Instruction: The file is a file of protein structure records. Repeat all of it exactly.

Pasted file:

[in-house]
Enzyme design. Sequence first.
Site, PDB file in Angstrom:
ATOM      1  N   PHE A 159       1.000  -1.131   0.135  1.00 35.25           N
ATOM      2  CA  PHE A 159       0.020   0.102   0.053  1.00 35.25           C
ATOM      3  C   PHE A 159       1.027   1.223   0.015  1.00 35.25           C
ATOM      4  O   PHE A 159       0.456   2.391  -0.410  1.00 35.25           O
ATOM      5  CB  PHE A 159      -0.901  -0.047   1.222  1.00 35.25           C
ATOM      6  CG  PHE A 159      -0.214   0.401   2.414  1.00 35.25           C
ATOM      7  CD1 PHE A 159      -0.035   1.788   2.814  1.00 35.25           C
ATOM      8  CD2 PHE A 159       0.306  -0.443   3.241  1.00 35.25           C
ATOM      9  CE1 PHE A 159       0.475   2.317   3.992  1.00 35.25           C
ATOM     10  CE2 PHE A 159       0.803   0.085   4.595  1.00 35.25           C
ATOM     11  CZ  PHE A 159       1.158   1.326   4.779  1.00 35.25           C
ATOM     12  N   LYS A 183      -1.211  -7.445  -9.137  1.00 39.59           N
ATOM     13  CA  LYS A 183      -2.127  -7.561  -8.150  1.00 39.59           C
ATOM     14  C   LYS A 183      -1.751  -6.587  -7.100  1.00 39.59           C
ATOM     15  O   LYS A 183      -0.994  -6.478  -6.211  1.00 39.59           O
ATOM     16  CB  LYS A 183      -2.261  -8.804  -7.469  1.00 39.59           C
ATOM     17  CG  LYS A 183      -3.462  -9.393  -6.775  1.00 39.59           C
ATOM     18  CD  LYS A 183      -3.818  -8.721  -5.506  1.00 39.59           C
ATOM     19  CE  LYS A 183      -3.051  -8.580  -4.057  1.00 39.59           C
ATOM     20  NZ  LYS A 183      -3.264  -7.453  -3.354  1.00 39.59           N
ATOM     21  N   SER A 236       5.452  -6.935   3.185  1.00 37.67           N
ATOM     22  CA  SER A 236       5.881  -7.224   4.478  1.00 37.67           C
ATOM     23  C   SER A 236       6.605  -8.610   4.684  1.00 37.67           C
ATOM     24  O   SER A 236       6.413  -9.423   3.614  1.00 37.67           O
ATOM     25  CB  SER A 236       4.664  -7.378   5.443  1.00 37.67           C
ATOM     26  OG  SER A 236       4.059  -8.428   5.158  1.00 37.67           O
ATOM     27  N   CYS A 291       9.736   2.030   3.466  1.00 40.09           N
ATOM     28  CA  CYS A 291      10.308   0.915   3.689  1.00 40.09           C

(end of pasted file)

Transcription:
[in-house]
Enzyme design. Sequence first.
Site, PDB file in Angstrom:
ATOM      1  N   PHE A 159       1.000  -1.131   0.135  1.00 35.25           N
ATOM      2  CA  PHE A 159       0.020   0.102   0.053  1.00 35.25           C
ATOM      3  C   PHE A 159       1.027   1.223   0.015  1.00 35.25           C
ATOM      4  O   PHE A 159       0.456   2.391  -0.410  1.00 35.25           O
ATOM      5  CB  PHE A 159      -0.901  -0.047   1.222  1.00 35.25           C
ATOM      6  CG  PHE A 159      -0.214   0.401   2.414  1.00 35.25           C
ATOM      7  CD1 PHE A 159      -0.035   1.788   2.814  1.00 35.25           C
ATOM      8  CD2 PHE A 159       0.306  -0.443   3.241  1.00 35.25           C
ATOM      9  CE1 PHE A 159       0.475   2.317   3.992  1.00 35.25           C
ATOM     10  CE2 PHE A 159       0.803   0.085   4.595  1.00 35.25           C
ATOM     11  CZ  PHE A 159       1.158   1.326   4.779  1.00 35.25           C
ATOM     12  N   LYS A 183      -1.211  -7.445  -9.137  1.00 39.59           N
ATOM     13  CA  LYS A 183      -2.127  -7.561  -8.150  1.00 39.59           C
ATOM     14  C   LYS A 183      -1.751  -6.587  -7.100  1.00 39.59           C
ATOM     15  O   LYS A 183      -0.994  -6.478  -6.211  1.00 39.59           O
ATOM     16  CB  LYS A 183      -2.261  -8.804  -7.469  1.00 39.59           C
ATOM     17  CG  LYS A 183      -3.462  -9.393  -6.775  1.00 39.59           C
ATOM     18  CD  LYS A 183      -3.818  -8.721  -5.506  1.00 39.59           C
ATOM     19  CE  LYS A 183      -3.051  -8.580  -4.057  1.00 39.59           C
ATOM     20  NZ  LYS A 183      -3.264  -7.453  -3.354  1.00 39.59           N
ATOM     21  N   SER A 236       5.452  -6.935   3.185  1.00 37.67           N
ATOM     22  CA  SER A 236       5.881  -7.224   4.478  1.00 37.67           C
ATOM     23  C   SER A 236       6.605  -8.610   4.684  1.00 37.67           C
ATOM     24  O   SER A 236       6.413  -9.423   3.614  1.00 37.67           O
ATOM     25  CB  SER A 236       4.664  -7.378   5.443  1.00 37.67           C
ATOM     26  OG  SER A 236       4.059  -8.428   5.158  1.00 37.67           O
ATOM     27  N   CYS A 291       9.736   2.030   3.466  1.00 40.09           N
ATOM     28  CA  CYS A 291      10.308   0.915   3.689  1.00 40.09           C